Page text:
He was probably used to half the food going back to the kitchen (or being taken away in a doggie bag). For this restaurant is no different from other steakhouses in that it’s about excess. It’s about huge, caveman-proportioned hunks of blackened meat; toast slathered with bone marrow and braised short-ribs that tastes delicious for the first two bites and then makes you queasy; tumblers filled with deviled-egg trifle that’s loaded with chopped egg, red onions and crème fraîche and topped with osetra caviar-even four of us couldn’t finish that. The potato galette is another odd dish, made with phyllo pastry filled with gluey potatoes and topped with two strips of nicely crisped bacon. It’s the sort of thing you imagine starting off the morning before a trek in the Australian outback. I preferred a special of the day, a lovely salad made with strands of seaweed served in a wide bowl topped with uni and osetra caviar.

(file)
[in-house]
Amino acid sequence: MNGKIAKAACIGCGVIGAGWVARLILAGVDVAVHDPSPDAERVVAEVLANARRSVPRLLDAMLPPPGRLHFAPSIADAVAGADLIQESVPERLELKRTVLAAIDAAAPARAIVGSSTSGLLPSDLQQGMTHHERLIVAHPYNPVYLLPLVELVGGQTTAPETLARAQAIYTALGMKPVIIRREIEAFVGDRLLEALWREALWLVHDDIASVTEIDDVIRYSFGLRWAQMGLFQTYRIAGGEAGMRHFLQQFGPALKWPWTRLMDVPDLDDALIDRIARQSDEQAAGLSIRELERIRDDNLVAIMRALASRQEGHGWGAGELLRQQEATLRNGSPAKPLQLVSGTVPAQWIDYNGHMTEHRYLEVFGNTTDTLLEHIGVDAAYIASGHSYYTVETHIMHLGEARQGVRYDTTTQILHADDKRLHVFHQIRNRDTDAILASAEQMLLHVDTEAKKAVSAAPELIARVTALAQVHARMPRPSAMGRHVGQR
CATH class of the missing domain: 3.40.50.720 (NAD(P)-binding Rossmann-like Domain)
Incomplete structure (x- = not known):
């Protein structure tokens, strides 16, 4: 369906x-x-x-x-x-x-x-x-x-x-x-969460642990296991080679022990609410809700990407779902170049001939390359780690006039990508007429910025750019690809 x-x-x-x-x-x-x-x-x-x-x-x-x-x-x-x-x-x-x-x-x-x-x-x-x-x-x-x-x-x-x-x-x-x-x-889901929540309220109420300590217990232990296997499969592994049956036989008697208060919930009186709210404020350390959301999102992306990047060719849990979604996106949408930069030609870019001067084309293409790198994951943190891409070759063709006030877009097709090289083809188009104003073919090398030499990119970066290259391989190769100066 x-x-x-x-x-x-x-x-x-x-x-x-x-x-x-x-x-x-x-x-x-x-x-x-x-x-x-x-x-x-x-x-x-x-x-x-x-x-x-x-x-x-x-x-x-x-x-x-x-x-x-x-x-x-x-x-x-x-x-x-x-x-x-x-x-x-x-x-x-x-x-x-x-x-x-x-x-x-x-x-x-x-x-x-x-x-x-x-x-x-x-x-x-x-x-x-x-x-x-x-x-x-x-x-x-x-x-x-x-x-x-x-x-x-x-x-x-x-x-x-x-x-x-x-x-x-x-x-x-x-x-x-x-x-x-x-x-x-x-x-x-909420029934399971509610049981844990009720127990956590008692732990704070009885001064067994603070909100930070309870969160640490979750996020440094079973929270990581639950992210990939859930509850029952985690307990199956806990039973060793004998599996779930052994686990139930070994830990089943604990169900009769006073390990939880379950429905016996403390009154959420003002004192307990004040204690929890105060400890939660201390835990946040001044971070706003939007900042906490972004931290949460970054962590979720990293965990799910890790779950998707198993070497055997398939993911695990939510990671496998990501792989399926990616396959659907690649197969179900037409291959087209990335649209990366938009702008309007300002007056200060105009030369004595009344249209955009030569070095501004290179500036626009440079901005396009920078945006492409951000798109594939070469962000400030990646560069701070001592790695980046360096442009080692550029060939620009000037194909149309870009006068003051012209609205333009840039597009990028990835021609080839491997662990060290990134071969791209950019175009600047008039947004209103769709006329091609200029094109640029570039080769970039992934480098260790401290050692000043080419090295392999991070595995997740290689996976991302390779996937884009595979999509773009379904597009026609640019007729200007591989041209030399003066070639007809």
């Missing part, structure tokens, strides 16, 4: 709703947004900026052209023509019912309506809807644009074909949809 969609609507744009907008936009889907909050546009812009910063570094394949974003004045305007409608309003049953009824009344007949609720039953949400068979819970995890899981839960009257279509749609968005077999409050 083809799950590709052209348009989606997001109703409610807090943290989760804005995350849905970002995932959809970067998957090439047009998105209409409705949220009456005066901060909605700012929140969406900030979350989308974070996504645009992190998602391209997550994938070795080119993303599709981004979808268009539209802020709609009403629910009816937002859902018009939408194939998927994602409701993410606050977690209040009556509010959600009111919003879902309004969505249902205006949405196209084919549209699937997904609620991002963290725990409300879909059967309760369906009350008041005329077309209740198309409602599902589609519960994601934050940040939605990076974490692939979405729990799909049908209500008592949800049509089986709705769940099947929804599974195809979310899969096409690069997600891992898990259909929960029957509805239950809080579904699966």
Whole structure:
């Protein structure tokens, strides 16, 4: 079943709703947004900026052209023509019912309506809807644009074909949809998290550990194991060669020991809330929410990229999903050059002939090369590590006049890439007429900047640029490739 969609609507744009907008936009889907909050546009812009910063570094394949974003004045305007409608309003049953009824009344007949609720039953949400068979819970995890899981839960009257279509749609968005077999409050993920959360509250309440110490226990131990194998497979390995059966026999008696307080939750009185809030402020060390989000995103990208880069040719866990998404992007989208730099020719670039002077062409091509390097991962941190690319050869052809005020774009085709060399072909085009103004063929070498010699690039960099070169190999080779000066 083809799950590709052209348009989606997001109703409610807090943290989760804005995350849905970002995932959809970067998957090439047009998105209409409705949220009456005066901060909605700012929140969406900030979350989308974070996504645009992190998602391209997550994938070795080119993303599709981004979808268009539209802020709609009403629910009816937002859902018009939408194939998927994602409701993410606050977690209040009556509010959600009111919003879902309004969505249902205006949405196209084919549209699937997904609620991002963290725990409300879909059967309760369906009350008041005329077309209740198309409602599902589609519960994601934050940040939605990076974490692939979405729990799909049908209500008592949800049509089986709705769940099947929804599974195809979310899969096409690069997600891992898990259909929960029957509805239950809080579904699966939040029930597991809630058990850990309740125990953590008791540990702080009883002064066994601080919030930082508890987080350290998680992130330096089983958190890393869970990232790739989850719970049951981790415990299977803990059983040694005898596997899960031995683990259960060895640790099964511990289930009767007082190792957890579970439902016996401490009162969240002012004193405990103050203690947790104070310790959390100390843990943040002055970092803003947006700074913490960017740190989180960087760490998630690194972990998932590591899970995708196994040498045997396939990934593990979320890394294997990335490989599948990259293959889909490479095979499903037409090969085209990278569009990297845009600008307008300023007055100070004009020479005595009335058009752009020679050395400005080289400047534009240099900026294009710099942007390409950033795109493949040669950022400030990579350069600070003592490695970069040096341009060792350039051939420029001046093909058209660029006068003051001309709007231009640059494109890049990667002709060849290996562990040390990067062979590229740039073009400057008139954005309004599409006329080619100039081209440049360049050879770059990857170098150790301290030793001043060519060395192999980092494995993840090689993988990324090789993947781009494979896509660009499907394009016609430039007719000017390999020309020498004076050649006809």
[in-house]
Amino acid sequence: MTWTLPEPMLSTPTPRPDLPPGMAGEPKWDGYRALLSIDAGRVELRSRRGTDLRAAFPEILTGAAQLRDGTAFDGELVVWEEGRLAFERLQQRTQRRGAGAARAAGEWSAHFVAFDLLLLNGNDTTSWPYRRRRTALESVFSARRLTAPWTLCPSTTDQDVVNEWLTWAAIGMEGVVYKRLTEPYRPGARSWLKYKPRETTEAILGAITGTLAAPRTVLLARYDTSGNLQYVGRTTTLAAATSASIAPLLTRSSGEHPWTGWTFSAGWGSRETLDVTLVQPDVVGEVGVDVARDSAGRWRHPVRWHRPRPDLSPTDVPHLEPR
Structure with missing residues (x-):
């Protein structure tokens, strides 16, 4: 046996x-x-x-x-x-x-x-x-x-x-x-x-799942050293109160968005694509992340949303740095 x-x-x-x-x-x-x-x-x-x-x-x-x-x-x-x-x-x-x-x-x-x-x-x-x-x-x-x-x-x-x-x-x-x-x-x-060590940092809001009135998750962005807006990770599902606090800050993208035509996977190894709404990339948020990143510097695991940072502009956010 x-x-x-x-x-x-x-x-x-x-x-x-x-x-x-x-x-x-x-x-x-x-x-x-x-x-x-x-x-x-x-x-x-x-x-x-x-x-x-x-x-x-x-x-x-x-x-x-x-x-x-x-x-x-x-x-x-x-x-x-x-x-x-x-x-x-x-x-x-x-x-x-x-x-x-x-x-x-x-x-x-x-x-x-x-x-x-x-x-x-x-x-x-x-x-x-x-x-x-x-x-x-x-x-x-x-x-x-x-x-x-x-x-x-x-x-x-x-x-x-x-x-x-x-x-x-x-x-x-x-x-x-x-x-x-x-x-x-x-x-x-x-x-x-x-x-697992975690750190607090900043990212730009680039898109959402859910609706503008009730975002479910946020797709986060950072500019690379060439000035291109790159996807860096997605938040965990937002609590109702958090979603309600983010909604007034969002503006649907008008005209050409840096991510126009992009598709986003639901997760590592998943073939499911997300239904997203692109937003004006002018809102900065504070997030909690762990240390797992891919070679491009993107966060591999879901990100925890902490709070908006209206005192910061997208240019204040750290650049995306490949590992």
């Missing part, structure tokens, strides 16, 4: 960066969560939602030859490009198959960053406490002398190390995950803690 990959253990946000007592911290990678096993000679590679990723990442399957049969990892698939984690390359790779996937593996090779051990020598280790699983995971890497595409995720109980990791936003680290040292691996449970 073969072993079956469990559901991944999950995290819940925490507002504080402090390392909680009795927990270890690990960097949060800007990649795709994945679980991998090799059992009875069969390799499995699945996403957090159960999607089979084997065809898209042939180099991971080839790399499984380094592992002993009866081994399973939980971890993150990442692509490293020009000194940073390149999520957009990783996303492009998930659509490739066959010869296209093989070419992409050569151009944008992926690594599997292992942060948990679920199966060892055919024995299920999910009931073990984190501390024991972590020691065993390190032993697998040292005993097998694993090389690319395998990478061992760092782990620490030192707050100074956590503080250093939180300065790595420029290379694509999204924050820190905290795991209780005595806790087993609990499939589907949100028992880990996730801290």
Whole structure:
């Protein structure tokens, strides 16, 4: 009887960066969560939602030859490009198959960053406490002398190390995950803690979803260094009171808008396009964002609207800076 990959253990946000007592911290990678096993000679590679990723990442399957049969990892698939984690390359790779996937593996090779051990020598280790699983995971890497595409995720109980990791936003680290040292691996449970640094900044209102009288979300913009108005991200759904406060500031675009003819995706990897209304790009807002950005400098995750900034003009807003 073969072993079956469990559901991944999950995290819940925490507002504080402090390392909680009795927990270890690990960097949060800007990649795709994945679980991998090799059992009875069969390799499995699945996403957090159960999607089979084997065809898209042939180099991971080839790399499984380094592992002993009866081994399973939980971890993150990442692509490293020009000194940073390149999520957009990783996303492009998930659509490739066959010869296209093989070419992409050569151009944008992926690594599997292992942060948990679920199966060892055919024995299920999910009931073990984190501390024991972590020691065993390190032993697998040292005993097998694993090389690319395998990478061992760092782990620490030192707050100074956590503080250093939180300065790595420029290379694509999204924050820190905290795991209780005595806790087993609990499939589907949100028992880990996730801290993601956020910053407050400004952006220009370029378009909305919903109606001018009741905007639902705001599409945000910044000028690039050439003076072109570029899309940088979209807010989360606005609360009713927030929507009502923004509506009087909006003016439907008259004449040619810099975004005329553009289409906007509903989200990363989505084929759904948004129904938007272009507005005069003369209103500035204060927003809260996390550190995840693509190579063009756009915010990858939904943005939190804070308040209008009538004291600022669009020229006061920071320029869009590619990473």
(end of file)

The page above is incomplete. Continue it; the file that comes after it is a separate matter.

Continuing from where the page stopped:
The main courses are largely unadorned, which means they have nothing to hide behind. One friend ordered the skate, a slice of wing fried crisp. It was perfectly ordinary, served with her choices of truffle butter (which was curdled) and a pleasant, smooth red pepper romesco sauce. The wild striped bass was properly cooked but dull; the olive oil and lemon peel didn’t cheer it up much, nor did the anchovy butter. Another friend had the “wood-fired chicken” (a steal at $19.95), but it was mushy. Three puny lamb chops lacking much flavor arrived with a very sweet, sticky mint jelly and a pleasant Dijonnaise. The sauce that came with the steak Diane, which was flambéed on the trolley with brandy and cream, had too much mustard. The best dish was the porterhouse, aged five to six weeks and nicely charred.